On our sixth touring day with the American Horticultural Society in New Zealand, we visited Penny and Rowan Wiggins in their beautiful garden in Warkworth, 45 minutes north of Auckland. Apart from showing us the garden, they were also hosting us for lunch and the doors at the front were open to welcome us.
Penny and Rowan are gardeners’ gardeners, literally, since they met and worked together for many years at another famous Auckland area garden, Bev McConnell’s 50-acre Ayrlies.
Back in 2006, when they bought their 2-acre property, it was a dairy farm or “paddock”, as they call such places in New Zealand. So they named it The Paddocks and began to transform it from forage to flowers. Twelve years later, The Paddocks is a New Zealand Garden of National Significance and the only animals roaming the range are the family’s black Labradors.
Situated on a slope (as is much of hilly, mountainous, narrow New Zealand), it was necessary for Rowan to terrace, flatten and design drainage for the part of the property nearest their new home to enable them to have a usable back patio area. Here they planted perennials and roses that one would see in a typical ‘English garden’. And since both Rowan and Penny were born in England, it was a style they loved.
But those steps from the back patio also led to some of their other horticultural interests, like vegetable gardening.
Check out the wonderful lichen on this potager gate made from totara (Podocarpus totara).
The little potager was filled with vegetables, herbs and flowers for cutting……..
… including anise hyssop (Agastache foeniculum)…..
….. and annual zinnias. By the way, did you know that New Zealand has NO native bumble bees? I had seen so many, it seemed strange, but all four of the Bombus species (and honey bees too) were imported from England as early as 1885.
Don’t you love this painted pot? And notice the raised beds and gravel paths.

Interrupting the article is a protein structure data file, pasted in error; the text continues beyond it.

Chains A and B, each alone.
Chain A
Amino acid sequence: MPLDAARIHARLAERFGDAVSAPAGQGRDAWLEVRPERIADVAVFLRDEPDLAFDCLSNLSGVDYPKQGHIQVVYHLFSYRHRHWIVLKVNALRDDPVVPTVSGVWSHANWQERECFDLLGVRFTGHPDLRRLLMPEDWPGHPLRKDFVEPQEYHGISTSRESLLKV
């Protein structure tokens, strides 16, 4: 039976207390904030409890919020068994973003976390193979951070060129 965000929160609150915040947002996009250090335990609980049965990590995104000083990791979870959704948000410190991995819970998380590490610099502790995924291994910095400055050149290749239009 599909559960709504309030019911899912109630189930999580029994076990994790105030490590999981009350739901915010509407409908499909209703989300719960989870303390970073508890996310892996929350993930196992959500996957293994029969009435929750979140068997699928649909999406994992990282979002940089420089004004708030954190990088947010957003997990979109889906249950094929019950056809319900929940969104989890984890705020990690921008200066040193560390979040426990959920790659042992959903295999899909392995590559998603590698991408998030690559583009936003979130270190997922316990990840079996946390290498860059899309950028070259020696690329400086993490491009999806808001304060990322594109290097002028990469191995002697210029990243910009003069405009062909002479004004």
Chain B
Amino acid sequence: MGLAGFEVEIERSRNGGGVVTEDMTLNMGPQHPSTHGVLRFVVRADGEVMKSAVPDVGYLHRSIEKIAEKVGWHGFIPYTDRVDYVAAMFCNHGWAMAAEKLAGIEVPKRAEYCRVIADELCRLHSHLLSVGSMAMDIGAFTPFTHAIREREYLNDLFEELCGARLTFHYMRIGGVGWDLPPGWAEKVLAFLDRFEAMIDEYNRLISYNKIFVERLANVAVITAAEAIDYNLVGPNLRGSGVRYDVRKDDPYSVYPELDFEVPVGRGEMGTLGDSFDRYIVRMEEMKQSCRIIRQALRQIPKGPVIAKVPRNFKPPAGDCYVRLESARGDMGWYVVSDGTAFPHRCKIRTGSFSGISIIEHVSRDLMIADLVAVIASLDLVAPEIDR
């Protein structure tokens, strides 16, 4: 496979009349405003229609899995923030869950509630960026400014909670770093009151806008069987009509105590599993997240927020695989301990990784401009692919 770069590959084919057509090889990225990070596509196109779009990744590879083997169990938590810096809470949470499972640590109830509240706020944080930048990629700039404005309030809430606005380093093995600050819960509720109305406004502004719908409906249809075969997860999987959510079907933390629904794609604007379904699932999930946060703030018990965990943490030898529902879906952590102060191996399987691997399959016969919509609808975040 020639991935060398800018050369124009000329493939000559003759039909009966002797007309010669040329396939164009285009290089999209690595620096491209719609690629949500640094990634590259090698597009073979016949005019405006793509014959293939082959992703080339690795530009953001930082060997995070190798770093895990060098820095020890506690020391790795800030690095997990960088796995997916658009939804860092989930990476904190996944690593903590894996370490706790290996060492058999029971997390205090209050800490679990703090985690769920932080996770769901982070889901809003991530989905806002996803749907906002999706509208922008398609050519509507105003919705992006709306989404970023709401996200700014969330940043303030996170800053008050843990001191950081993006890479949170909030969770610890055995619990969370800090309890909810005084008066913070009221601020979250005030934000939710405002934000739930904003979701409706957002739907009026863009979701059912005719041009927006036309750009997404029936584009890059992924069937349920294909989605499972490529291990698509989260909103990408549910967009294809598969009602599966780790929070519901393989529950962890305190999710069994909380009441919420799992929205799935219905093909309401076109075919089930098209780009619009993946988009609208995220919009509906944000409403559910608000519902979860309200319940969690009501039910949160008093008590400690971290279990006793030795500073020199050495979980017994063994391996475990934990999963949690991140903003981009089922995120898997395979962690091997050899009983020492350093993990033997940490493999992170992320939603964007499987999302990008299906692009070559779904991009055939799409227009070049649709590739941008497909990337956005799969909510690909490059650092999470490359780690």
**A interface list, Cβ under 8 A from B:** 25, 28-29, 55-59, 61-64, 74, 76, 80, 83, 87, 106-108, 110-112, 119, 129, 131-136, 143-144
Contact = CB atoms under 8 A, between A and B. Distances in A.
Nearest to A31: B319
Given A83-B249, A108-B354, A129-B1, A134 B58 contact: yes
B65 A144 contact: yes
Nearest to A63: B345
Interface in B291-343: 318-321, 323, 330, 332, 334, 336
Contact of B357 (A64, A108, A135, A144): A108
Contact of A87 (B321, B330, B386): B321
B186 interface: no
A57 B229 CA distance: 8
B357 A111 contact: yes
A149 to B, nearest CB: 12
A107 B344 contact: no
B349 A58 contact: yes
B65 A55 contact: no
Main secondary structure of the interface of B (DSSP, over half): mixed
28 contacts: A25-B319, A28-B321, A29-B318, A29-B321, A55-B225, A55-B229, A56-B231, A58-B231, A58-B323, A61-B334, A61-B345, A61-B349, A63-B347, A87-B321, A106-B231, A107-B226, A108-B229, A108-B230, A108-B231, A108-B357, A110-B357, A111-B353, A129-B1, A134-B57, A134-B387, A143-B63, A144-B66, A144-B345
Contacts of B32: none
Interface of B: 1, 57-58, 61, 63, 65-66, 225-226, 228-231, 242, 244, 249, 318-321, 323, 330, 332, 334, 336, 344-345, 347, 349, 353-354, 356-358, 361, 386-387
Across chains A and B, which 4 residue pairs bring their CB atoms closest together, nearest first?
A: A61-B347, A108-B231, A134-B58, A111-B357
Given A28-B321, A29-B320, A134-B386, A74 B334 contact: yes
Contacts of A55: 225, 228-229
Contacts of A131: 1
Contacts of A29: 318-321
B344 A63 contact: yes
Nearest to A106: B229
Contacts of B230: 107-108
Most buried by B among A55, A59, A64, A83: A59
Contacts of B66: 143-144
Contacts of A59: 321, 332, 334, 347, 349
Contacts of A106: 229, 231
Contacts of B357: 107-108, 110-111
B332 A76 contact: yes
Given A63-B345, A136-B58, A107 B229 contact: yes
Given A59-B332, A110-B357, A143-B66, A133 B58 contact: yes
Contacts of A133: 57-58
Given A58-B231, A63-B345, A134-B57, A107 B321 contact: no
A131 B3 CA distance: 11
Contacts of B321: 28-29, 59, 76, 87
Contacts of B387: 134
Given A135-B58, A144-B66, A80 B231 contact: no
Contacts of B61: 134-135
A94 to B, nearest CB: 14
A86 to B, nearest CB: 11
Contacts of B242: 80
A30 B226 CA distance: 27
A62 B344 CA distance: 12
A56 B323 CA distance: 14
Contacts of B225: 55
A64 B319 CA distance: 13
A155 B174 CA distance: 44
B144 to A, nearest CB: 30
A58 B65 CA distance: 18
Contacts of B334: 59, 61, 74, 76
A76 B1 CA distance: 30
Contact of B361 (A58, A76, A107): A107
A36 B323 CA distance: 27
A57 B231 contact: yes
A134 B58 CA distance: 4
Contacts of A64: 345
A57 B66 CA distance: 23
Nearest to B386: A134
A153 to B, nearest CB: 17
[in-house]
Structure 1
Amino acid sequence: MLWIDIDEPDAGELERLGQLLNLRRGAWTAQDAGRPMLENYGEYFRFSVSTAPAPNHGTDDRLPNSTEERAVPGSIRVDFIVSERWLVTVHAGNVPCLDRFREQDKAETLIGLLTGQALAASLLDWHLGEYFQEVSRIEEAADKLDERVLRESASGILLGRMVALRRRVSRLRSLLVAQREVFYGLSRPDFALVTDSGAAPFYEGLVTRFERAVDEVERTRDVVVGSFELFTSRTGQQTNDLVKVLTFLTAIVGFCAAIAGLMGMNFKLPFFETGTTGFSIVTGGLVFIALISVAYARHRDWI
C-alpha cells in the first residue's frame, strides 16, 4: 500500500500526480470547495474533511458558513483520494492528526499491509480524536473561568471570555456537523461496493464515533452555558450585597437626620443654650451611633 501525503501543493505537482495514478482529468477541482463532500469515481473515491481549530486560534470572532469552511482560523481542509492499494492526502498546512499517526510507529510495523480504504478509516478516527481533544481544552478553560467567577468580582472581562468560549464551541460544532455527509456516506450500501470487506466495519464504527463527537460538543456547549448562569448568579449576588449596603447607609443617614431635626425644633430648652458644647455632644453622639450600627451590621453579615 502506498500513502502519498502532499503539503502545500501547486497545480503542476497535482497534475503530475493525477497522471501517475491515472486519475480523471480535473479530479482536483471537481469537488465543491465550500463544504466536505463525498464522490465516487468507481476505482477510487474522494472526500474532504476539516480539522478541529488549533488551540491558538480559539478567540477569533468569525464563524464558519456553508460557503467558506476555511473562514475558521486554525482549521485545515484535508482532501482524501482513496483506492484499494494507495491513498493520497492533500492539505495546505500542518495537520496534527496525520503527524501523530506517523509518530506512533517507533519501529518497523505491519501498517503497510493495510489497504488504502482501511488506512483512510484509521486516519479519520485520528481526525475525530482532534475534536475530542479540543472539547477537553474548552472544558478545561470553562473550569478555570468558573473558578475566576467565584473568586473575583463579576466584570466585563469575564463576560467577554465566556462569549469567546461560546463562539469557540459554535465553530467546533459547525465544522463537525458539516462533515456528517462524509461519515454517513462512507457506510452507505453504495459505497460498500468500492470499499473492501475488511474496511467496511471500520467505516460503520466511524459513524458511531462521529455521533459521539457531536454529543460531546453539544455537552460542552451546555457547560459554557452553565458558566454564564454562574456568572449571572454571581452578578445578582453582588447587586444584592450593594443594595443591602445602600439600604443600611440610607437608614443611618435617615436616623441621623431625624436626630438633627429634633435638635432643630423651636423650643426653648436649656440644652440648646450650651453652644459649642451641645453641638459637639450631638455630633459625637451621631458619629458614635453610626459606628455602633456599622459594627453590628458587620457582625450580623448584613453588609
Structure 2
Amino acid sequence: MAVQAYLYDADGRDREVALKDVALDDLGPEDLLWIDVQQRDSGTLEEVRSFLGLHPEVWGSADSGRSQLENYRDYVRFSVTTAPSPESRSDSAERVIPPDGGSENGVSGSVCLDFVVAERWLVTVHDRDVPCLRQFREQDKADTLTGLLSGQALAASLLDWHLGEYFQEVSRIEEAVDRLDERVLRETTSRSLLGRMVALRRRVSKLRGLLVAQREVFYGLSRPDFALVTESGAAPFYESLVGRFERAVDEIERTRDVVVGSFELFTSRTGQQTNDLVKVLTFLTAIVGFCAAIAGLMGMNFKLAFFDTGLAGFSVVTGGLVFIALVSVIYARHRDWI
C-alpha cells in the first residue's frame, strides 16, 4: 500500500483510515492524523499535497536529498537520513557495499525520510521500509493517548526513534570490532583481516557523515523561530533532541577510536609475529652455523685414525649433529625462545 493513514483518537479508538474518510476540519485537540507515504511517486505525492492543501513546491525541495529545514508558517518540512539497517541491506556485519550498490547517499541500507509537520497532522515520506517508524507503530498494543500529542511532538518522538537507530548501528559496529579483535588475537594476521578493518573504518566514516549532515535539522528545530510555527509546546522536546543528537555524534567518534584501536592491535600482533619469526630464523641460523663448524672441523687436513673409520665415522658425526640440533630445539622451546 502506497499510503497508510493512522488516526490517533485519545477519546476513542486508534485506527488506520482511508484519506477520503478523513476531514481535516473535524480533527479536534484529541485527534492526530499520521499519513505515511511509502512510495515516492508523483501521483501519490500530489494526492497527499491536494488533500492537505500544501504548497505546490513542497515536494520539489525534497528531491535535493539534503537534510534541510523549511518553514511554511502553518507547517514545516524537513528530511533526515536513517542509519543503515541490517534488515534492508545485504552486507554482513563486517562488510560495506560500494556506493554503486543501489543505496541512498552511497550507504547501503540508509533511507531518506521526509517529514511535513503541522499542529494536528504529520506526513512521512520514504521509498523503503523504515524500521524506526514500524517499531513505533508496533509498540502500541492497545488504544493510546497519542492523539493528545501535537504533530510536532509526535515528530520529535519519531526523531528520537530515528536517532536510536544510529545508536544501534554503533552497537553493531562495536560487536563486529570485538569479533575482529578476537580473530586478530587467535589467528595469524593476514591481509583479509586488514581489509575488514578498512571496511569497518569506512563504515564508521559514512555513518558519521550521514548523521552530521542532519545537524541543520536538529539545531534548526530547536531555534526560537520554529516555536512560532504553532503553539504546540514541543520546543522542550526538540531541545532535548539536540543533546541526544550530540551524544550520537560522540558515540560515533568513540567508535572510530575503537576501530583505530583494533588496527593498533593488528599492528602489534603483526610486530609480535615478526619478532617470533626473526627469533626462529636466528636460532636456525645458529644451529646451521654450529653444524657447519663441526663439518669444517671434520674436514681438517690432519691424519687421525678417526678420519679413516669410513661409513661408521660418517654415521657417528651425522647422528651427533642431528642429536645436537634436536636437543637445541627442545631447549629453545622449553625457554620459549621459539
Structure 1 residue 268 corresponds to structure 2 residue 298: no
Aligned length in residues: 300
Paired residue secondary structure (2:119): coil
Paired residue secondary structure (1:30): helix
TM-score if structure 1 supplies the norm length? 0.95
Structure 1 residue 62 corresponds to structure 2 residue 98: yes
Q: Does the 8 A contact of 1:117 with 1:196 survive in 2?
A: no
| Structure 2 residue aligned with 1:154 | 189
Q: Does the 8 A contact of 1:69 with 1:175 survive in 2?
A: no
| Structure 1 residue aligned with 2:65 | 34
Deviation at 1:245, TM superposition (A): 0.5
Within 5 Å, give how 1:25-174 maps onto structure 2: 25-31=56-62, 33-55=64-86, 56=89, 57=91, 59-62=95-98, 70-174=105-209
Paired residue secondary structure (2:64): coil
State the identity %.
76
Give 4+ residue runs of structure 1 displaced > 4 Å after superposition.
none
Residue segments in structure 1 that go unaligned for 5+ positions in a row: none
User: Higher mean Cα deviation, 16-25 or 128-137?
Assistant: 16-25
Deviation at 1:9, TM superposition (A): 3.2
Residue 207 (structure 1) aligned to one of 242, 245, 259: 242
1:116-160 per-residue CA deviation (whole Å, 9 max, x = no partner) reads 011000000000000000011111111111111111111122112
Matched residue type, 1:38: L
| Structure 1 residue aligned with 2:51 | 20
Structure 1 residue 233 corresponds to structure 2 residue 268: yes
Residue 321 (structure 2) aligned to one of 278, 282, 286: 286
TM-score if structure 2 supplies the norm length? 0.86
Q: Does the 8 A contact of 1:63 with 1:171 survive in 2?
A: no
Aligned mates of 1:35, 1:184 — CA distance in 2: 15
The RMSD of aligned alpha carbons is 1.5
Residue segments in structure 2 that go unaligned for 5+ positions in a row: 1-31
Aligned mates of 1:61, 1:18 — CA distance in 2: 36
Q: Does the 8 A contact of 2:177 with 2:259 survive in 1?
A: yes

I headed out the back gate of the potager and looked back at it from the orchard beyond. Look how neatly the hedge defines it.
The hillside orchard contains all kinds of stone fruits, including apples…..
…..and peaches which were nearly ripe and netted to keep away hungry birds.
It was time for our picnic lunch at the house so the rest of the tour had to wait. While eating, it was fun to read how Rowan and Penny’s garden had been celebrated in the pages of New Zealand’s premier gardener’s magazine. (Penny is known for her foxgloves!)
Then I headed up through a formal hedge angled away up the slope from the vegetable garden and orchard. In spring (November in New Zealand), those ‘Profusion’ crabapples arched over the bottom of the hedge would have looked gorgeous from the house.
Now I was in the olive grove. In 2011, Penny and Rowan planted 75 olive trees which produce almost a ton of fruit per year.
Harvest time involves lots of friends picking for the opportunity to share in the pressed oil.
At the very top of the garden was a sweet little garden house…..
….. which I would die to have. What a wonderful spot to escape weeding and chores.
I wandered back down the slope and found a textural planting with grasses and South African restios, not to mention a good view of the neighbourhood.
Then I came around the front and noticed that one of our tour members was taking advantage of that lovely view.
Back at the house, I took more time to enjoy the border with its well-grown David Austin roses and…..
….. others being visited by honey bees. (Singles and semi-doubles often yield abundant pollen for bees.)
It was time to leave and head back to Auckland where we started our tour. Tomorrow we would be flying to Queenstown on the South Island. I enjoyed this border with its hydrangeas and tall Joe Pye weed (Eutrochium sp.) and its attractive fountain.
A water feature like this makes so much sense and adds that lovely sound of splashing water (says the owner of a high-maintenance garden pond which she would love to trade….)
As we headed out of the garden, I spotted a native of New Zealand’s Antipodean neighbour, Australia: yellow kangaroo paw (Anizoganthos flavidus).
Finally, I had to take a little peek behind the fence on the far side of the house where it was good to find the nuts-and-bolts of the garden, a reminder that behind every beautiful garden are hard-working gardeners – like Rowan and Penny Wiggins.